The prescriber as moralist: values
in the antidepressant debate

by
Scheurich N.
Department of Psychiatry,
University of Kentucky College of Medicine,
3470 Blazer Parkway, Lexington, 40509, USA.
nesche2@uky.edu.
Perspect Biol Med. 2006 Spring;49(2):199-208.


ABSTRACT

The past decade has seen a growing debate about the expanding use of psychotropic medications. Of particular concern are current antidepressants, as well as hypothetical "mood brighteners" that could modify affect and behavior in people heretofore classified as being within the normal range. This paper argues that objections to such pharmacologic applications are based on appeals to cultural values--authenticity, diversity, inwardness, and stoicism among others--that are viewed as being under increasing threat in contemporary American culture. Critiques of mood brighteners, like critiques of technological, consumer-driven culture, repudiate the ideals of shallow satisfaction and of the self as commodity. The decision to prescribe or not to prescribe a psychotropic medication in any given case is based on cultural values as well as clinical judgment.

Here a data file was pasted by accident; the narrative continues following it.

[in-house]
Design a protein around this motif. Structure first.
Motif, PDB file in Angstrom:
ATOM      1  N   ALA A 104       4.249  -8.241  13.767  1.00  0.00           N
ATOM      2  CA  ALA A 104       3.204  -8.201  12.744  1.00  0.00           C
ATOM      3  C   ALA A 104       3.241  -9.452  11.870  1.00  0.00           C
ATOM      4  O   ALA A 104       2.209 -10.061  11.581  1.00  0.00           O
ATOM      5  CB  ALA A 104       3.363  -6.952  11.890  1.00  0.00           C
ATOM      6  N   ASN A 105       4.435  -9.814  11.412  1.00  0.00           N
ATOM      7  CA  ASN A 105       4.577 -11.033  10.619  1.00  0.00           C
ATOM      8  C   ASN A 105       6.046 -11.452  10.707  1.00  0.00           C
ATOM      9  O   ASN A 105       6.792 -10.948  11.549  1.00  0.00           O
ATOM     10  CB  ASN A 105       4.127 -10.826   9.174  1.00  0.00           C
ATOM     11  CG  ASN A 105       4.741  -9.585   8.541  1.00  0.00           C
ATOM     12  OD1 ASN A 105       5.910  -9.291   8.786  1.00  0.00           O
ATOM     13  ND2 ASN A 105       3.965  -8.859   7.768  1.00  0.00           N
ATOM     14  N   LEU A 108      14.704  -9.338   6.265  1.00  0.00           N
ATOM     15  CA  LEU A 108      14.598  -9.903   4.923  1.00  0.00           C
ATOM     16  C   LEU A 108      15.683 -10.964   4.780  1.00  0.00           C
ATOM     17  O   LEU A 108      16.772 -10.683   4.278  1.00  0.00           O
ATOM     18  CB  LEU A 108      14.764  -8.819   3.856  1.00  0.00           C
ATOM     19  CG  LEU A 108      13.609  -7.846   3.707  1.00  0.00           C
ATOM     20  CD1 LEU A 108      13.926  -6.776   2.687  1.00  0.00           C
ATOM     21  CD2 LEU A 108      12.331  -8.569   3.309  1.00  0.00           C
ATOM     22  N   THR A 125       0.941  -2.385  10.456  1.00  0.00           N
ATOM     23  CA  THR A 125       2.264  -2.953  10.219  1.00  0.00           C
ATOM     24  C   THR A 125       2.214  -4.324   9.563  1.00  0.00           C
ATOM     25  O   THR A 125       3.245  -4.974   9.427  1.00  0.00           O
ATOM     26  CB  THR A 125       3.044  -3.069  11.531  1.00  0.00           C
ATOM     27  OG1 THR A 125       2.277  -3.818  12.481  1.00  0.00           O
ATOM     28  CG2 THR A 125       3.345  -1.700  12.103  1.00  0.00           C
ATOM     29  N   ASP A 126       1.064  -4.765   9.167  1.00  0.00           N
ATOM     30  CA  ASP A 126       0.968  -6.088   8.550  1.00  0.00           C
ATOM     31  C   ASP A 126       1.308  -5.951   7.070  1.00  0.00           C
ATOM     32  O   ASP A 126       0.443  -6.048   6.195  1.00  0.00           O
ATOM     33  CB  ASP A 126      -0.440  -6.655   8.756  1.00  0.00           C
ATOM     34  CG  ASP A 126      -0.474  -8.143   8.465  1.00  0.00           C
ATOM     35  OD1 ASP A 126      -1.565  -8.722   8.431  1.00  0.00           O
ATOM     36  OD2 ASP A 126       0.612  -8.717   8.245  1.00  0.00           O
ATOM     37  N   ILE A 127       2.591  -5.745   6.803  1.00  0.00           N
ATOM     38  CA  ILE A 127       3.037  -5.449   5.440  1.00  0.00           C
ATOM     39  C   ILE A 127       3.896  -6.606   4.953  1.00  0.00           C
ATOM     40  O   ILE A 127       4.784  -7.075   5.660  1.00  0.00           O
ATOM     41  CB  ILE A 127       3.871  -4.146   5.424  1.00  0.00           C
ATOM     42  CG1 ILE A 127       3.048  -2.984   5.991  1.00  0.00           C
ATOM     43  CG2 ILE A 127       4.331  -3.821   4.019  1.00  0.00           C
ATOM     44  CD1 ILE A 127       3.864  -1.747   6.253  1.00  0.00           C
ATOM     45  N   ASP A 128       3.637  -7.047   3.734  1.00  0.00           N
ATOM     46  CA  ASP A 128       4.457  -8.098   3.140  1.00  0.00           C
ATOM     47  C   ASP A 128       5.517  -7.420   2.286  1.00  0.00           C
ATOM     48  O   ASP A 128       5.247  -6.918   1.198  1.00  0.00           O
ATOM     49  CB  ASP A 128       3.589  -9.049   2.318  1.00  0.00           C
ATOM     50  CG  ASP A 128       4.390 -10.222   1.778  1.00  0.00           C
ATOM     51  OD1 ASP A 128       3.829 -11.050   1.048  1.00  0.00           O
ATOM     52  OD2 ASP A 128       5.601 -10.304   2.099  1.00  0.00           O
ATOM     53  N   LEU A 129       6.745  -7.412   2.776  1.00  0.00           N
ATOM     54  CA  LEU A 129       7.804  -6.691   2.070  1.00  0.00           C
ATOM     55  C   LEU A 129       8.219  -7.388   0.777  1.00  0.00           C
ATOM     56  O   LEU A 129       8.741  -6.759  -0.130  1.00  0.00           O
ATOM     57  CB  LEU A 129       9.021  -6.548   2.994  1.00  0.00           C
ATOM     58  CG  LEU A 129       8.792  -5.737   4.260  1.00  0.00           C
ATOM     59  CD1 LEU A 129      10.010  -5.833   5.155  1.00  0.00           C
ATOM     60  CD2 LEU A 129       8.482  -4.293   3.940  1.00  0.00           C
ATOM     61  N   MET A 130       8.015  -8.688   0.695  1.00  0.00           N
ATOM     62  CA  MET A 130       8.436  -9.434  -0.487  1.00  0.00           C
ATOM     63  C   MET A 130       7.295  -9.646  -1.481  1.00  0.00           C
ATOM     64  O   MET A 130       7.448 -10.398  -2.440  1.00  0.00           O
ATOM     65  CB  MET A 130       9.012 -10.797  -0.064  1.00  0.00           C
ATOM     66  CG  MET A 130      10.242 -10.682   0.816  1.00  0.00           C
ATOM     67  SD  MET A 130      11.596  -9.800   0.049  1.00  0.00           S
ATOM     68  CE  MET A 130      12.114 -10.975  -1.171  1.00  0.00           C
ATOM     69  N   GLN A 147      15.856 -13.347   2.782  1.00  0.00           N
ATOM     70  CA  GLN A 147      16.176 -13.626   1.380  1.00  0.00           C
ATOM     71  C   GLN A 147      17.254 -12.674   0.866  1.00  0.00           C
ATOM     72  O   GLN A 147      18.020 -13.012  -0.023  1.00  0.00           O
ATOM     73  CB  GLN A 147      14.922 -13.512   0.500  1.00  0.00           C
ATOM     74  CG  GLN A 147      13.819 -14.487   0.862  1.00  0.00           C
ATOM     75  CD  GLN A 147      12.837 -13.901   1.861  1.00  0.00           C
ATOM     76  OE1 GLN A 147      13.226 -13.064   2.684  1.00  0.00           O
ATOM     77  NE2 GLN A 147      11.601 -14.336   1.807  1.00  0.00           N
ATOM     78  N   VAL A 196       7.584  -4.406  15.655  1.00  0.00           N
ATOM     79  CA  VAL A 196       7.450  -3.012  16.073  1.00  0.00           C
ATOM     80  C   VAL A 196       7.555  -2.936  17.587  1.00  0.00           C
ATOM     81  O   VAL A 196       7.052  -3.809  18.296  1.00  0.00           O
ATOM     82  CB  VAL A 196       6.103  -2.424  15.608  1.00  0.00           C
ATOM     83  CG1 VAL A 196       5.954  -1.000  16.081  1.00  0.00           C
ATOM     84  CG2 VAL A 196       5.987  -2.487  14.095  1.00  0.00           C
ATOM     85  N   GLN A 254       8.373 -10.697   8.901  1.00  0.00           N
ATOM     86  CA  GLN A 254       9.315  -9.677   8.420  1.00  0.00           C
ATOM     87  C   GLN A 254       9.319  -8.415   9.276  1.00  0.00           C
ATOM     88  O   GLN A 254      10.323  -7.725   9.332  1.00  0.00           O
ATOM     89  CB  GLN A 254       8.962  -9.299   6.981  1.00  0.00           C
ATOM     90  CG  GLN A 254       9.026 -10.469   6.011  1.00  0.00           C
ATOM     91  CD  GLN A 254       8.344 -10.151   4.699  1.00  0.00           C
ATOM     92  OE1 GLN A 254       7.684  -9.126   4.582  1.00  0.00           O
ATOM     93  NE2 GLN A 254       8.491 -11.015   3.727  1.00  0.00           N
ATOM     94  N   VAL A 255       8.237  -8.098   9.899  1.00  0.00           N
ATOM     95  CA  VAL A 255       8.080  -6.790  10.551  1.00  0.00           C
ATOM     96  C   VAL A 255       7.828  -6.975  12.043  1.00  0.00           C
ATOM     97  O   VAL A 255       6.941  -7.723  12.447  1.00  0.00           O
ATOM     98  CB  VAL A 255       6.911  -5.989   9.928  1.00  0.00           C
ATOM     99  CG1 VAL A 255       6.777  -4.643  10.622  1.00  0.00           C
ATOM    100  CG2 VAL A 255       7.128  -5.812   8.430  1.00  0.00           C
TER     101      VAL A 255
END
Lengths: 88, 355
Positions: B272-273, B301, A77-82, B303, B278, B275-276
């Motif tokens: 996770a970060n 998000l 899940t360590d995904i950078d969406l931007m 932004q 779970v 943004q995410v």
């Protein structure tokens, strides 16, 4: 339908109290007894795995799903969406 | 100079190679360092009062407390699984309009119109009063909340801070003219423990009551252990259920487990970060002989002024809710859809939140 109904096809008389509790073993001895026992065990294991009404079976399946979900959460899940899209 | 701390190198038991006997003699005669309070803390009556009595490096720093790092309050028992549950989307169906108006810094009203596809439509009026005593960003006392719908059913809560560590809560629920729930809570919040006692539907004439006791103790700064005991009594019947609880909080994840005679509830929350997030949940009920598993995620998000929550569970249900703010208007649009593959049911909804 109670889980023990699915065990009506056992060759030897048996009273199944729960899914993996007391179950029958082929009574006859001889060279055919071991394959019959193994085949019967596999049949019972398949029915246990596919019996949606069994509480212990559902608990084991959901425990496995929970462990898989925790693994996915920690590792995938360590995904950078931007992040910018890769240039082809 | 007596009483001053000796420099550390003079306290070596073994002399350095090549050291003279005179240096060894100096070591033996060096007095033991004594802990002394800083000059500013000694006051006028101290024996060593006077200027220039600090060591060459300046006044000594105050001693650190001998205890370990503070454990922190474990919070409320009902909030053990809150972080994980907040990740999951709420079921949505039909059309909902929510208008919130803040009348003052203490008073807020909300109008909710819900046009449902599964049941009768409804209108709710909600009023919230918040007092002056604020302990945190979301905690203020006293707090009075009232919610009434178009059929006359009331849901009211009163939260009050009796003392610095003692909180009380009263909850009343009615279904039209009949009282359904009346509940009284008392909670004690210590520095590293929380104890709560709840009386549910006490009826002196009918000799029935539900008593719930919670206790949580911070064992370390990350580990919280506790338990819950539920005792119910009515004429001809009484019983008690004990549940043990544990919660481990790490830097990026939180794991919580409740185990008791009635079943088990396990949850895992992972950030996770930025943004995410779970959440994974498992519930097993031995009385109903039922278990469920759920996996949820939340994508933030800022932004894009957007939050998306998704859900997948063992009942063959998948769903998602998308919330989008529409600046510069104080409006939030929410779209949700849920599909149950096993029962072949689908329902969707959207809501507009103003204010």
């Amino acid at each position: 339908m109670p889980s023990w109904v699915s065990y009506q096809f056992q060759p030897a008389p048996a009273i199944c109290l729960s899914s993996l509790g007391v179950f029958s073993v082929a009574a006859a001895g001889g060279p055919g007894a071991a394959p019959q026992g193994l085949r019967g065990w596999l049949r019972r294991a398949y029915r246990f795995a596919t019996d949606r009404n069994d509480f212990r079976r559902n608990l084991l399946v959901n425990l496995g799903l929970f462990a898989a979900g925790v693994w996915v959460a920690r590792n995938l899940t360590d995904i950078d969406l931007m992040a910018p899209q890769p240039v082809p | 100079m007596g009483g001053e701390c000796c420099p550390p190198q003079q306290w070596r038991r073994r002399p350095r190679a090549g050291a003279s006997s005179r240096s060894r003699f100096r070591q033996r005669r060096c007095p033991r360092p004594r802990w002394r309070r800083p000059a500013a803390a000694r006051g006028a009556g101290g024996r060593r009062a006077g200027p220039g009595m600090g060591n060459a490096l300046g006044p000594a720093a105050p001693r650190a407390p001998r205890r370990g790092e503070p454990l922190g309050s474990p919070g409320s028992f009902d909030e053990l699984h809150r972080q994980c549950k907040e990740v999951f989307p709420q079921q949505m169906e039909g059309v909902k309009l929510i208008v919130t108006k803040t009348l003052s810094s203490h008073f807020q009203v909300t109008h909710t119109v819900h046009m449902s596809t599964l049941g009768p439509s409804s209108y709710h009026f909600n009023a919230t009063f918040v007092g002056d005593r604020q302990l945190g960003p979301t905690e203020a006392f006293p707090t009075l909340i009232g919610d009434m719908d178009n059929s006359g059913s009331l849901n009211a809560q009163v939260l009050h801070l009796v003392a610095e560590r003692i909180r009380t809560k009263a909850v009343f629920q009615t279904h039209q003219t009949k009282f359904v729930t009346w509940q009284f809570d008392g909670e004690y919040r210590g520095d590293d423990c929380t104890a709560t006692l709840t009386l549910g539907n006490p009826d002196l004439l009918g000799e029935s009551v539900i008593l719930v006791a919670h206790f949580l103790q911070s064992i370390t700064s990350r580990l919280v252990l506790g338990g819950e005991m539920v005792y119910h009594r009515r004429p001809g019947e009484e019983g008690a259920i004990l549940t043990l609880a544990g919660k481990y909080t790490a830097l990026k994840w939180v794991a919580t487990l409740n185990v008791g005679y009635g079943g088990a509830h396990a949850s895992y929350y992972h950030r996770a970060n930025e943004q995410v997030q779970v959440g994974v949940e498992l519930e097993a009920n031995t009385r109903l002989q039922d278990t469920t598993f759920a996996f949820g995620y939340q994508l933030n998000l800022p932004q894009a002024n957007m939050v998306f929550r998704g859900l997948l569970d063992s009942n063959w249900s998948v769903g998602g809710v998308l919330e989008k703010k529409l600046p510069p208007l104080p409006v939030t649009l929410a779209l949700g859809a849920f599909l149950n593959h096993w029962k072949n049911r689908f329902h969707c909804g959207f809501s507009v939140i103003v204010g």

SSRIs
Options
Bupropion
Amineptine
Reboxetine
Mechanisms
Nefazodone
Mirtazapine
Venlafaxine
Antidepressants
Antidepressants
Tranylcypromine
Anti-anxiety drugs
Chronic depression
Atypical depression
Retarded depression
Treatment-resistant depression
The monoamine theory of depression

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